Migrating a small organization from Exchange 2010 to Exchange 2013 (Part 1)

If you would like to read the other parts in this article series please go to:

Planning for Deployment

For the purposes of guiding through the relevant upgrade steps in a succinct manner, we won’t be making big changes to the source and target environments.

We will migrate from a single-server Exchange 2010 server installation to a new Exchange 2013 server, in our example organization Lisa Jane Designs:

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Figure 1: Our example organization

In the diagram above we’ve a single source server – LJD-E1401. This is our Exchange 2010 server and could quite easily be split roles. You can add in additional components if you need them, like Database Availability Groups. High Availability in Exchange 2013 is relatively simple compared to Exchange 2010 as concepts like the Client Access Array no longer exist – all communication is HTTPS and no affinity to a server is required. However – we’ll keep it simple in this guide.

Naming and Services

We’ll start with defining names for Exchange. Migration from Exchange 2010 to Exchange 2013 allows us to use and share HTTPS names for AutoDiscover, OWA, ActiveSync and other services. This allows for a smooth transition with minimal co-existence.

For our migration we’ll therefore plan not to use a coexistence namespace, and simply move the current HTTPS namespace across to the new platform.

Exchange 2010 Namespaces Exchange 2013 Namespaces
mail.lisajanedesigns.co.uk

autodiscover.lisajanedesigns.co.uk

mail.lisajanedesigns.co.uk

autodiscover.lisajanedesigns.co.uk

Updating Exchange Server 2010

As a bare minimum, Exchange 2010 must be running Service Pack 3 before installing Exchange 2013 into the domain. Exchange 2010 SP3 is available from this URL.

For the best experience, ensure that Exchange 2010 SP3 also has the latest Update Rollup, currently Update Rollup 9 at the time of writing. This is available from this URL.

Updating Outlook Clients

Exchange 2013 supports Outlook 2007 and above on Windows, and on the Mac, Entourage 2008 Web Services edition and higher versions of Outlook for Mac.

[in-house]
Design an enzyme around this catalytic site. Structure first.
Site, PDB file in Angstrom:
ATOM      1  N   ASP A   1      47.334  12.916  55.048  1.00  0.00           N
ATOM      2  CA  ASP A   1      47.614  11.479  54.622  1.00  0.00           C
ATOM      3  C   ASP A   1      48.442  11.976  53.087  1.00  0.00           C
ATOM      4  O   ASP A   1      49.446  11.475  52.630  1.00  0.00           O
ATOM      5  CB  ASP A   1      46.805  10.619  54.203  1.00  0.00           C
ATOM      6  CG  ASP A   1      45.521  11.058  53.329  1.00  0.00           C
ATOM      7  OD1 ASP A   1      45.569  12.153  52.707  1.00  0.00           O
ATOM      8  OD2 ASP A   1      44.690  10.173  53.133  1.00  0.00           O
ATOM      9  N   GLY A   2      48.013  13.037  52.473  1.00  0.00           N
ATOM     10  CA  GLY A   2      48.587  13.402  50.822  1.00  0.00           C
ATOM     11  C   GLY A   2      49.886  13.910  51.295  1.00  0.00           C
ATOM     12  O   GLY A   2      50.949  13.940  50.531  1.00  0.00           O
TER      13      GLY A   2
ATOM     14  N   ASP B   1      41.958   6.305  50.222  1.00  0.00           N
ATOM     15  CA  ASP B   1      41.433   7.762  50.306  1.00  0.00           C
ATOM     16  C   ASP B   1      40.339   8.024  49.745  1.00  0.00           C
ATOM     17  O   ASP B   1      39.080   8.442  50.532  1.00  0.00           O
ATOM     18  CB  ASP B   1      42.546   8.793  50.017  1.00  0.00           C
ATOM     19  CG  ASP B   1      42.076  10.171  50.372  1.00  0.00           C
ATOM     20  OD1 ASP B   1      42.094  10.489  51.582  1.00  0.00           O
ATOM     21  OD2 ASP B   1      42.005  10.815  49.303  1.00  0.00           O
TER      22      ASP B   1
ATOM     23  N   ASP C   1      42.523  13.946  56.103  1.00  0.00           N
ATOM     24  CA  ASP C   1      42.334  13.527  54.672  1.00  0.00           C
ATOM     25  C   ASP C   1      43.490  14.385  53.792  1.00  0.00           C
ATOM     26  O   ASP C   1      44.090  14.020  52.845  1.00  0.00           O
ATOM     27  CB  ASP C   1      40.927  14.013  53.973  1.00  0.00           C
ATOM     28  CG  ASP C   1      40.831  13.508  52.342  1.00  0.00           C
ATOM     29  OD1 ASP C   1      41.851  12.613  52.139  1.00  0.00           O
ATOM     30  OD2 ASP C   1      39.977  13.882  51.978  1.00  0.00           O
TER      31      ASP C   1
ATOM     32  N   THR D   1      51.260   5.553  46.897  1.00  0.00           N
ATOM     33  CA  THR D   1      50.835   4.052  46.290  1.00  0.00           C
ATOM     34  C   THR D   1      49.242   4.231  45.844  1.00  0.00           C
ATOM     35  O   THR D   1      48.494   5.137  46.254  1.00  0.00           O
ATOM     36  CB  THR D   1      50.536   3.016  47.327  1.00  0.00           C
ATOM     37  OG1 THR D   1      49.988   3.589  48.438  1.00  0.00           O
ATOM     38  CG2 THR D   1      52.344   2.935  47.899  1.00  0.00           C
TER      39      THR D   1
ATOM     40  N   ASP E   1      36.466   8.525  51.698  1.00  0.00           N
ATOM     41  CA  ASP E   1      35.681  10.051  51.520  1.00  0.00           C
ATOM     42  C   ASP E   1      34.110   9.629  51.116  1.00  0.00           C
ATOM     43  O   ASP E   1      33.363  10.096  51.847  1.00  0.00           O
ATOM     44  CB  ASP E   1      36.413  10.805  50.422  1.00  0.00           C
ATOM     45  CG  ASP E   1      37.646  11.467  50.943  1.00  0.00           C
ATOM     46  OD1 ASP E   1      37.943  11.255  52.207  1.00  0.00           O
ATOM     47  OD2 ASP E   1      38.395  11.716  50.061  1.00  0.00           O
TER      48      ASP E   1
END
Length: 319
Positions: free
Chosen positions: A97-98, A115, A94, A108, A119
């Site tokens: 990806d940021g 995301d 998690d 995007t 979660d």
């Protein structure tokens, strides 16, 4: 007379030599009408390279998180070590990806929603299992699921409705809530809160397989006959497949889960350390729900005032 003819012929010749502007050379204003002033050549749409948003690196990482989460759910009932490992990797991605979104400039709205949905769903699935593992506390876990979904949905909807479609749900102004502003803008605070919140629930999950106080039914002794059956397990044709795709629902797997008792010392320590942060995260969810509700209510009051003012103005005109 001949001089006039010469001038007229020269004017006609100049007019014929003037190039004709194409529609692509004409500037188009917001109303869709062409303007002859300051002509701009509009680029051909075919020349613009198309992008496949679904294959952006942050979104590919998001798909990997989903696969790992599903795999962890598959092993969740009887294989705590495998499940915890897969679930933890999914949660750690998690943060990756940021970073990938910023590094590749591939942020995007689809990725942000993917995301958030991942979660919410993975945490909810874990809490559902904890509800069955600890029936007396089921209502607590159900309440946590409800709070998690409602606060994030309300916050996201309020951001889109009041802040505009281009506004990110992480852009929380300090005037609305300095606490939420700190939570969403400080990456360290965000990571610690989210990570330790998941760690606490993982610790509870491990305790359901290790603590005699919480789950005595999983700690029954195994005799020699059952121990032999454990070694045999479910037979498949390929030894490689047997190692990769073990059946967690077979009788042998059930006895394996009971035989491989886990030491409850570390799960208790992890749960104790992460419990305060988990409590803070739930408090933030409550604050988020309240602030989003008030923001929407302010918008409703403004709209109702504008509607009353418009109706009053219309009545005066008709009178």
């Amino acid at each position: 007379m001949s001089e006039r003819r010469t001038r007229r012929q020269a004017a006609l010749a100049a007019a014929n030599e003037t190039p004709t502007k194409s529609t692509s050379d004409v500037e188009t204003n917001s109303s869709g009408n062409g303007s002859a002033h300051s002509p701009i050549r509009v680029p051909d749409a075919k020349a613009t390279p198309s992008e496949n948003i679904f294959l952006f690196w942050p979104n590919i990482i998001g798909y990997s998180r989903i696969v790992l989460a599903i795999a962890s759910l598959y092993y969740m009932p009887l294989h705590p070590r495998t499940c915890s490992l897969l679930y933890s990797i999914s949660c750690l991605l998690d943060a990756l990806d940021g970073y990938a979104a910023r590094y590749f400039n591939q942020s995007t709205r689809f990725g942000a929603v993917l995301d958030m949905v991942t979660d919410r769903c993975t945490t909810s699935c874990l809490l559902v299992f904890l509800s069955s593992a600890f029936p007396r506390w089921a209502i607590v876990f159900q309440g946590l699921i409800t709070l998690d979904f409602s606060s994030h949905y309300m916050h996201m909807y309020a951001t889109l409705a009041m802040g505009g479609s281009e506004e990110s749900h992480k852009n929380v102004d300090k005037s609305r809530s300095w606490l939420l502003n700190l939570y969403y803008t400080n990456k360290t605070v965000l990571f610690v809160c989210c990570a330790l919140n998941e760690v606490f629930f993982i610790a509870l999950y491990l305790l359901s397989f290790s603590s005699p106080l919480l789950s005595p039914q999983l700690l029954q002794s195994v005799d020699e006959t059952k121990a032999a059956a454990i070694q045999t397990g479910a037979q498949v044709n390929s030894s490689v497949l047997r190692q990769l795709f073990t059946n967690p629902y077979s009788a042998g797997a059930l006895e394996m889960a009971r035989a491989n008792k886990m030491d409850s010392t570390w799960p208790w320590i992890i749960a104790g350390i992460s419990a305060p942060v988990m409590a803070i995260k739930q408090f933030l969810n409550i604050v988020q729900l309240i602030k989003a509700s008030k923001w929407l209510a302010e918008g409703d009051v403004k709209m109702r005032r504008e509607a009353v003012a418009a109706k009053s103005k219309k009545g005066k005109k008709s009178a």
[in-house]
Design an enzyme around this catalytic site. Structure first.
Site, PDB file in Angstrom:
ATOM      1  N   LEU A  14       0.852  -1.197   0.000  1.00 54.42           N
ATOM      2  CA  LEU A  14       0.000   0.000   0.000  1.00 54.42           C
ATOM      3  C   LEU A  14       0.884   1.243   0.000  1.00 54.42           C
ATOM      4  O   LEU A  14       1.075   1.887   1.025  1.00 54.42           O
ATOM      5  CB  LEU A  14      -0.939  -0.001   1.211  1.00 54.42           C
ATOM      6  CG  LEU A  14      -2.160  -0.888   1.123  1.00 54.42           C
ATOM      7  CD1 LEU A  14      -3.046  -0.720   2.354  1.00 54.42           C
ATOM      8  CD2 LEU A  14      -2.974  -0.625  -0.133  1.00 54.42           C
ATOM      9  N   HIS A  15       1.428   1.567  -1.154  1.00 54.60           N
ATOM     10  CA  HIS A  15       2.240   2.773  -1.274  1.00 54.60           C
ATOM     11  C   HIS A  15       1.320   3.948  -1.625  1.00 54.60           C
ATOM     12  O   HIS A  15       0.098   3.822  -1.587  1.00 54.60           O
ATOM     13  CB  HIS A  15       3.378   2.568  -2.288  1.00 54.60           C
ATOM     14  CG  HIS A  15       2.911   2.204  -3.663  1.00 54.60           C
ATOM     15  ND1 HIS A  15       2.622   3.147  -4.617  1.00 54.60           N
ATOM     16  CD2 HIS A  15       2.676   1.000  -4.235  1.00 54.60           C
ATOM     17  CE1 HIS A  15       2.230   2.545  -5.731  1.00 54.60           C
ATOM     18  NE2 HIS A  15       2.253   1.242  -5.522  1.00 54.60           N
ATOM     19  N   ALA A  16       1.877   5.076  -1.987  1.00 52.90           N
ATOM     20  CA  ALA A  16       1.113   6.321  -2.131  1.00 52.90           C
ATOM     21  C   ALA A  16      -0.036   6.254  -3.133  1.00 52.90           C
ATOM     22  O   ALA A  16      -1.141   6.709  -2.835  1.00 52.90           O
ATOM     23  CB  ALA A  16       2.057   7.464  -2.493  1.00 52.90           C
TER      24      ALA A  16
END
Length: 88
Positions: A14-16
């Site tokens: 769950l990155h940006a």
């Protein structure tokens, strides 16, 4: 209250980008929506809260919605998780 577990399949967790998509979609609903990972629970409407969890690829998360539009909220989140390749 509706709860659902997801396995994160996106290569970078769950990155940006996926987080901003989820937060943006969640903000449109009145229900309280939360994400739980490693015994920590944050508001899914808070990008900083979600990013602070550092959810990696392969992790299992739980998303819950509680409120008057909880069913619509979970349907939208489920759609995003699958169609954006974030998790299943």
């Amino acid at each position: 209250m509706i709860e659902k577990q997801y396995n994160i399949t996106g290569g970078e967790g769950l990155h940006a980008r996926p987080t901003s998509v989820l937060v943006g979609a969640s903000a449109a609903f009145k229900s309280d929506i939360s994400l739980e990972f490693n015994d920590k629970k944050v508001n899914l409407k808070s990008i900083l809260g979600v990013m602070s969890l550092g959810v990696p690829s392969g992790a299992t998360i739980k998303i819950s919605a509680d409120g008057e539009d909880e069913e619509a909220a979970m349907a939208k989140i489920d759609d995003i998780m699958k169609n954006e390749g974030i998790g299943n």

Ideally update all supported clients to the latest version, or upgrade to Office 2013 before migrating to Exchange 2013.

All versions of Office 2013 are supported, along with Outlook 2010 Service Pack 1 with at least the November 2012 update and Outlook 2007 Service Pack 3 with at least the November 2012 update.

Outlook 2003 is not supported, and clients running it must be upgraded before moving associated mailboxes to Exchange 2013.

Exchange Server Sizing

In part 6 our series, “Planning and Migrating a small organisation from Exchange 2007 to 2013” we covered how to use the Exchange Server Role Requirement Calculator to determine the sizing required.

We will not cover the same steps here, but instead examine the inputs and associated outputs from the Calculator.

Our example environment uses Hyper-V and an underlying Storage Array. The following tables show our example environment’s available resources:

CPUs Cores SPECint_rate2006   score Host RAM Disks Available
2 x Intel Xeon 12 367 192GB 12 x 4TB 3.5” 7.2K RPM SAS (RAID 10)

We have also collected statistics from the existing environment:

Number of mailboxes Average Message Size Average Received Average Sent
550 147.61KB 15.25 14.94

We’ll use those figures in the Exchange 2013 Role Requirements Calculator to determine the requirements for the Exchange 2013 deployment.

When sizing the solution two important factors will form design constraints:

  • The solution will not have high availability and instead will use Hyper-V for high availability.
  • The Exchange 2013 environment will provide quota limits of 10GB per user.

Our output from the role requirements calculator results in the following server specification: